I'm curious to know your probabilities of these outcomes. If the chance of extinction (including by uncontrolled AI) in the next century is 20%, and if human-level AI arrives in the next century, then the chance of human-controlled AI would be 80%. Within that 80%, I personally would put most of the probability mass on AIs that favor particular values or give most of the decision-making power to particular groups of people. (Indeed, this has been the trend throughout human history and up to the present. Even in democracies, wealthy people have far more power than ordinary citizens.)

Comment author: MichaelDickens  (EA Profile) 25 November 2015 05:10:13PM 1 point [-]

Addressing each of your comments in turn:

  1. I'm fairly confident that hedonistic utilitarianism is true (for some sense of "true"). Much of my confidence comes from the observation that people's objections to utilitarianism play into well-known cognitive biases, and if these biases were removed, I'd expect more people to agree with me. If they didn't agree with me even if they didn't have these biases, that would be grounds for questioning my confidence in utilitarianism.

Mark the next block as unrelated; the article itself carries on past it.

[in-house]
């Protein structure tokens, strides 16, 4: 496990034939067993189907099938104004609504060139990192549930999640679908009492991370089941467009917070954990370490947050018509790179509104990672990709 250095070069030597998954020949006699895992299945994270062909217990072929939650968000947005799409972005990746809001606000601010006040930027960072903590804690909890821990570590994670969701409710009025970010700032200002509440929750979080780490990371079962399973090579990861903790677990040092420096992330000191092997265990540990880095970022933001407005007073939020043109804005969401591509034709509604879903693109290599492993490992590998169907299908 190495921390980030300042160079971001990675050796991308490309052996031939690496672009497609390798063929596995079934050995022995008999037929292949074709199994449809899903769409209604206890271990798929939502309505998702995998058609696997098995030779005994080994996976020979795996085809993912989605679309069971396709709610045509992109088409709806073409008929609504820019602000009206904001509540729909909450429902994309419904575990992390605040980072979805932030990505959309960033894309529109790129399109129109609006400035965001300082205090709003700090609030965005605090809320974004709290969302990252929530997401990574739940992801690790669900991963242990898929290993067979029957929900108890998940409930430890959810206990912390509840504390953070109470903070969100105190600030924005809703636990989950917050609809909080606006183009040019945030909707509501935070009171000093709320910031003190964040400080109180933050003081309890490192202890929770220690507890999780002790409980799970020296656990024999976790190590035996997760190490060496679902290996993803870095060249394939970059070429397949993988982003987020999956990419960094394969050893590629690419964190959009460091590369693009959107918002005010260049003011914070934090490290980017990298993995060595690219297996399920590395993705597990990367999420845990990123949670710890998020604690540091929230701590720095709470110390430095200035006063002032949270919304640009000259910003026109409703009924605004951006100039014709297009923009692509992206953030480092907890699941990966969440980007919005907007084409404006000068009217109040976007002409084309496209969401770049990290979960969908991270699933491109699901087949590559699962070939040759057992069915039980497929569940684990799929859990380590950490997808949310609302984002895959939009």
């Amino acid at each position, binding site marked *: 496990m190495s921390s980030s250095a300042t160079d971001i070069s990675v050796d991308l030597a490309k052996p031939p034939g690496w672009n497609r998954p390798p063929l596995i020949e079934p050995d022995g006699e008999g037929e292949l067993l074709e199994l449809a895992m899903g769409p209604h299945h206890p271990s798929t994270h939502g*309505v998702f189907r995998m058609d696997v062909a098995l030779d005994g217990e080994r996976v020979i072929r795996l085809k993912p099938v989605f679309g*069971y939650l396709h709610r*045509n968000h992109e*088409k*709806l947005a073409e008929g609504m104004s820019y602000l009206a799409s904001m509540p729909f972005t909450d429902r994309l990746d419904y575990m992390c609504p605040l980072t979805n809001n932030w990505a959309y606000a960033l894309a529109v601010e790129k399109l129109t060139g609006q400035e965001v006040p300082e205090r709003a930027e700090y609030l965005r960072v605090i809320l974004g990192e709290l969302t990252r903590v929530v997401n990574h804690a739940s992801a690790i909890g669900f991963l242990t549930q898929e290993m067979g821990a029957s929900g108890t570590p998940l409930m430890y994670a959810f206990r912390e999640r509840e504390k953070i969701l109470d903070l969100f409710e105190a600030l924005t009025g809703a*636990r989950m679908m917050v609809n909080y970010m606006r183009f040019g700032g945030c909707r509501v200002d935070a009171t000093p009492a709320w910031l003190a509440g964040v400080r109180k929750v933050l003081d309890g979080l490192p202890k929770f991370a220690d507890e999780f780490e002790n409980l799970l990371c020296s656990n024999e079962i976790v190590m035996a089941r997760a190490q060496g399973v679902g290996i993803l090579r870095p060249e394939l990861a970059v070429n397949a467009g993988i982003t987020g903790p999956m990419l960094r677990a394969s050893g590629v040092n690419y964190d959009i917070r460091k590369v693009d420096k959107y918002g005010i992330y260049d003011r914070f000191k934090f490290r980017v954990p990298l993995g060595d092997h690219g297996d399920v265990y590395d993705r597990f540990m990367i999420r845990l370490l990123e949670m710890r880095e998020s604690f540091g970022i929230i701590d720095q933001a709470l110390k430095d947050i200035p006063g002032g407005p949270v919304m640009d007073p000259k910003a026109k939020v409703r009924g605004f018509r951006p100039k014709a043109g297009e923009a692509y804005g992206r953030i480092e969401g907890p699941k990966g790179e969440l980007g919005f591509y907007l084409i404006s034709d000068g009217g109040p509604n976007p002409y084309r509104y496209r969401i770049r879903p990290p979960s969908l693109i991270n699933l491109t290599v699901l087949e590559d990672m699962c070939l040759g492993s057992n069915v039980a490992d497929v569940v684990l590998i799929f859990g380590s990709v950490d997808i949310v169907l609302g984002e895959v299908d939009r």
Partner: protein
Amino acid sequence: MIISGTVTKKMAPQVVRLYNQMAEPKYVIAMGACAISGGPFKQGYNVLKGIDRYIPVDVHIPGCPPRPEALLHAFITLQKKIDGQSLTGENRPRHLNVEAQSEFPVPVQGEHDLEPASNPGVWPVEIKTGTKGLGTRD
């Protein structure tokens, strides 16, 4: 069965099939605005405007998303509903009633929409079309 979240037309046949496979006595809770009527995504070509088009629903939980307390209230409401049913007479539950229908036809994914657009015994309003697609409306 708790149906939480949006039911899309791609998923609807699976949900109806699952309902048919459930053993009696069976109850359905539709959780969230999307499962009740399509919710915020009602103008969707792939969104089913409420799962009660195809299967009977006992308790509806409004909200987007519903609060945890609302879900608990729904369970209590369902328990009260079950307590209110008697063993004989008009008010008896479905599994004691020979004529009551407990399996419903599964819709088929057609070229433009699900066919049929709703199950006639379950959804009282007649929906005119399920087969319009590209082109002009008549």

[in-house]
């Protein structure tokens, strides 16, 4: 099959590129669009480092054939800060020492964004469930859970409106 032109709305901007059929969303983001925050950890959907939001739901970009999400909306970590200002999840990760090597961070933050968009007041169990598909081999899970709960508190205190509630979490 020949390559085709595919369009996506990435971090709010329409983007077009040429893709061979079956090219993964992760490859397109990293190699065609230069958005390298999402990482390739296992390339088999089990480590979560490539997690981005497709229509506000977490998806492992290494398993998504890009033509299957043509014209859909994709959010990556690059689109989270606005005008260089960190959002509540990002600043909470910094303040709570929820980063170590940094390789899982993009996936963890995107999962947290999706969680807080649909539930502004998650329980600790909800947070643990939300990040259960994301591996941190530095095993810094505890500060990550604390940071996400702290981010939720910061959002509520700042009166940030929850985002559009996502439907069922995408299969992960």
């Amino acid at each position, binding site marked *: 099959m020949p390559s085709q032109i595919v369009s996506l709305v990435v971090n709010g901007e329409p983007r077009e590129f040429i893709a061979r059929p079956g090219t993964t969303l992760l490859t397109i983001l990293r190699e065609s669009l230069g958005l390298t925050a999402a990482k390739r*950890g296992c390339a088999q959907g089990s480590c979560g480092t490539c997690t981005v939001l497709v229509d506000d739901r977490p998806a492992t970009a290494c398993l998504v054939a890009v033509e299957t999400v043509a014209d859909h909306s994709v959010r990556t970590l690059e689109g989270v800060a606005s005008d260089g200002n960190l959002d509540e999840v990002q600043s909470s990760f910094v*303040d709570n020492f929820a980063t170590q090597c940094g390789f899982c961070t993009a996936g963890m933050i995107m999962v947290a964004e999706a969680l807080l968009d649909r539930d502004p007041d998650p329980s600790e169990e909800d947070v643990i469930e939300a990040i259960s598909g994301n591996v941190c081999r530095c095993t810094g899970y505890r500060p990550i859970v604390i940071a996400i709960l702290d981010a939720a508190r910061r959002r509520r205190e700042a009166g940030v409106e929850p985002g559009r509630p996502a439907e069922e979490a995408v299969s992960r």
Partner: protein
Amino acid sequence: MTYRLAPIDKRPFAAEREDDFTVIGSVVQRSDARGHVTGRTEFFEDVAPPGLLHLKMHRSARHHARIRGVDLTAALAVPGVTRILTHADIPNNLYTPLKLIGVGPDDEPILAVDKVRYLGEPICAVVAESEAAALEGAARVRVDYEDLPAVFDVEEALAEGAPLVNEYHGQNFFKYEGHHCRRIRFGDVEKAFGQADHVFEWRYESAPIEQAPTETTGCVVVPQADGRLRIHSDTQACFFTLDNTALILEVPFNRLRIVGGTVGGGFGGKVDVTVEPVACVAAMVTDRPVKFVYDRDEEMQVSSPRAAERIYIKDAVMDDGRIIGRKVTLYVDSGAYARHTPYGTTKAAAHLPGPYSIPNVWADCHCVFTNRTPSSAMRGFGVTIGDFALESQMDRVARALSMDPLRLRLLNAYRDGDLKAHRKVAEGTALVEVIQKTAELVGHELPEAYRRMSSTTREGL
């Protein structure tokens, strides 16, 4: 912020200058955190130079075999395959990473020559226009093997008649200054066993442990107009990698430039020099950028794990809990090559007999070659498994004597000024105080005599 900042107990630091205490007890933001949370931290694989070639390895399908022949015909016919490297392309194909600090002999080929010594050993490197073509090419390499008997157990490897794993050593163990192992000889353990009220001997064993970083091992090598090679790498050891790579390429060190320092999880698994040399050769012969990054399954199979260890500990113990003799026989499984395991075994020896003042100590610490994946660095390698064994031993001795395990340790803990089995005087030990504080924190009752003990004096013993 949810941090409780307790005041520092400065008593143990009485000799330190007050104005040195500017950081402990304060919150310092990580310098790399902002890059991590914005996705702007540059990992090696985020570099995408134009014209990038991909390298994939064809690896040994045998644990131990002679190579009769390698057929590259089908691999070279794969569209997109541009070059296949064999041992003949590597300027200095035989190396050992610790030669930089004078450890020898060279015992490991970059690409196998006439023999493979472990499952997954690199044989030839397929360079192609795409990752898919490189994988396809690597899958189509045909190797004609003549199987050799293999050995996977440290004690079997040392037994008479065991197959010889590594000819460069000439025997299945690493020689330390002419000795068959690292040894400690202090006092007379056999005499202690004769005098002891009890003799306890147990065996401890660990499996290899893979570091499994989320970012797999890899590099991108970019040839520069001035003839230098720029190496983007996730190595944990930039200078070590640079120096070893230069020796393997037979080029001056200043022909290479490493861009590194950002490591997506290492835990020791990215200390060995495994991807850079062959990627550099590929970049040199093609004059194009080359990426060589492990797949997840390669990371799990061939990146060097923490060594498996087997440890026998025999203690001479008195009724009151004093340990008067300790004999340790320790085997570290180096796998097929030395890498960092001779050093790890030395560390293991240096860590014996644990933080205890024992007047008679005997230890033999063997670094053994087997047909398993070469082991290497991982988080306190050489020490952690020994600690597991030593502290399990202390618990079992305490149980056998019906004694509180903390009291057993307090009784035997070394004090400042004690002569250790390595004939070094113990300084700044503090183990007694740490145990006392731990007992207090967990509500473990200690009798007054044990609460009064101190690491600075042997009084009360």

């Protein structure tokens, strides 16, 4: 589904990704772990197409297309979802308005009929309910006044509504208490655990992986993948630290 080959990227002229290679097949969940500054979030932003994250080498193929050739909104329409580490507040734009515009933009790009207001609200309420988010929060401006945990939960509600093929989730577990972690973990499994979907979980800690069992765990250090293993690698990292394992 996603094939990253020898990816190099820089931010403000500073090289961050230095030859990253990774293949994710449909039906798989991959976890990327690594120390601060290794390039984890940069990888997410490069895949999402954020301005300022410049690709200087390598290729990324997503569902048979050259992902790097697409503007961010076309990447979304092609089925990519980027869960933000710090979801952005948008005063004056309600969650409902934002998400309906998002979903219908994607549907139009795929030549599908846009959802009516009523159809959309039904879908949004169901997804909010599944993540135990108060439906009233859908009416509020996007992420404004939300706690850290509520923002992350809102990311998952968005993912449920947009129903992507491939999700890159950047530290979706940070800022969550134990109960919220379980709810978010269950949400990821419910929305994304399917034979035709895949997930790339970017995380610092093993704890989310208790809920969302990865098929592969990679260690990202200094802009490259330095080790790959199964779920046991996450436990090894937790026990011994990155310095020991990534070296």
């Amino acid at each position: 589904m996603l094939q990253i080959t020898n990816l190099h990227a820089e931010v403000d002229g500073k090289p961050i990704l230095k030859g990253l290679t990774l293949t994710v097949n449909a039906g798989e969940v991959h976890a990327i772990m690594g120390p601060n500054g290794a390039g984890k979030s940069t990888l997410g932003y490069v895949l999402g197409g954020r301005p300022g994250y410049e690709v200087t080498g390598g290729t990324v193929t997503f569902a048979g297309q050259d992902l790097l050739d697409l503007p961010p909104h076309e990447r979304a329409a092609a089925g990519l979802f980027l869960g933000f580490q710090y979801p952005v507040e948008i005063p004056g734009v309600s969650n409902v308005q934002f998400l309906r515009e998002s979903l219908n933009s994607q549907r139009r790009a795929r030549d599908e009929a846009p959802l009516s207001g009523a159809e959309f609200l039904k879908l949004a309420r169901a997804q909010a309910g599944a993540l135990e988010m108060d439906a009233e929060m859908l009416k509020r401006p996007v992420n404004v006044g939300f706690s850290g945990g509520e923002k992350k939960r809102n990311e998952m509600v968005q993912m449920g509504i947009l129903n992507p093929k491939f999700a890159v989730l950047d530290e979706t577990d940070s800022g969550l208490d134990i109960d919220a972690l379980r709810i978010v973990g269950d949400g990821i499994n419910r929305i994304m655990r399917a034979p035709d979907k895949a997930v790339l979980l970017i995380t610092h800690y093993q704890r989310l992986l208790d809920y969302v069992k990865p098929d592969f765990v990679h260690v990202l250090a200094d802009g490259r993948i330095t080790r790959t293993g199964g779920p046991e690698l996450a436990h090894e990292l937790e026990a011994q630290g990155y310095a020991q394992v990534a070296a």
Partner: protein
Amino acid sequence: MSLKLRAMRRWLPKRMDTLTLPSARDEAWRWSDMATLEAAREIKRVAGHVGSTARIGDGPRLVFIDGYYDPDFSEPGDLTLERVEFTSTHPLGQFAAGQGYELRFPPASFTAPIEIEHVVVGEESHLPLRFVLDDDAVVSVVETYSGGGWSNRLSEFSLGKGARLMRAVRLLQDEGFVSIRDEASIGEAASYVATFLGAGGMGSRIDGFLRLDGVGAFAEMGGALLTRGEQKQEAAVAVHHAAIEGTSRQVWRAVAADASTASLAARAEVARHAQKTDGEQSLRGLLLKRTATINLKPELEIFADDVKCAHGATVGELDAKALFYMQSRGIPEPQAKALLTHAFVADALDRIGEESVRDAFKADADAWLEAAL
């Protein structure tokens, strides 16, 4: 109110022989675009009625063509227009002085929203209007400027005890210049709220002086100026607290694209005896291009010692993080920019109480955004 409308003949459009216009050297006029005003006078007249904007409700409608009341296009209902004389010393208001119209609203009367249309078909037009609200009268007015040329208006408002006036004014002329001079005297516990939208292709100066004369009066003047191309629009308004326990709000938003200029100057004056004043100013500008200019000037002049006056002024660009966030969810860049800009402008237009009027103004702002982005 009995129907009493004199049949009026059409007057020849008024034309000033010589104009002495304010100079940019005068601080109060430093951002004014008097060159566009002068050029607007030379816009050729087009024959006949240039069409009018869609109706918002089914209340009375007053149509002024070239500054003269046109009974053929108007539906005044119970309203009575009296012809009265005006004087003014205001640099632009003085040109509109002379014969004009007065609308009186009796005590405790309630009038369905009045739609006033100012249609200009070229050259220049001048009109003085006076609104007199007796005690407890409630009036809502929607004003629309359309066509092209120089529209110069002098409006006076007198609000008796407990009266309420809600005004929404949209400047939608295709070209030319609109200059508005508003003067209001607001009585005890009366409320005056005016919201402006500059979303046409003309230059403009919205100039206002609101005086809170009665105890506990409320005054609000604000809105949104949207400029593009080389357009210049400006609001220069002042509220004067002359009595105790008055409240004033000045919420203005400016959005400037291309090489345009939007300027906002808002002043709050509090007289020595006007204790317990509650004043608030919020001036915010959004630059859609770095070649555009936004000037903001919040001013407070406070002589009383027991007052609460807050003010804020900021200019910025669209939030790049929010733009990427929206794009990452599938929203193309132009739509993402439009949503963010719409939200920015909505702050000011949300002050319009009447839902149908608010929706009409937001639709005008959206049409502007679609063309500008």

2. I think there's a difference between modifying people to be able to experience more happiness and modifying them to believe paperclips are great. The former modifies an experience and lets people's preferences arise naturally; the latter modifies preferences directly, so we can't trust that their preferences reflect what's actually good for them. Of course, preferences that arise naturally don't always reflect what's good for people either, but they do tend in that direction.

  3. 3.

Within that 80%, I personally would put most of the probability mass on AIs that favor particular values or give most of the decision-making power to particular groups of people.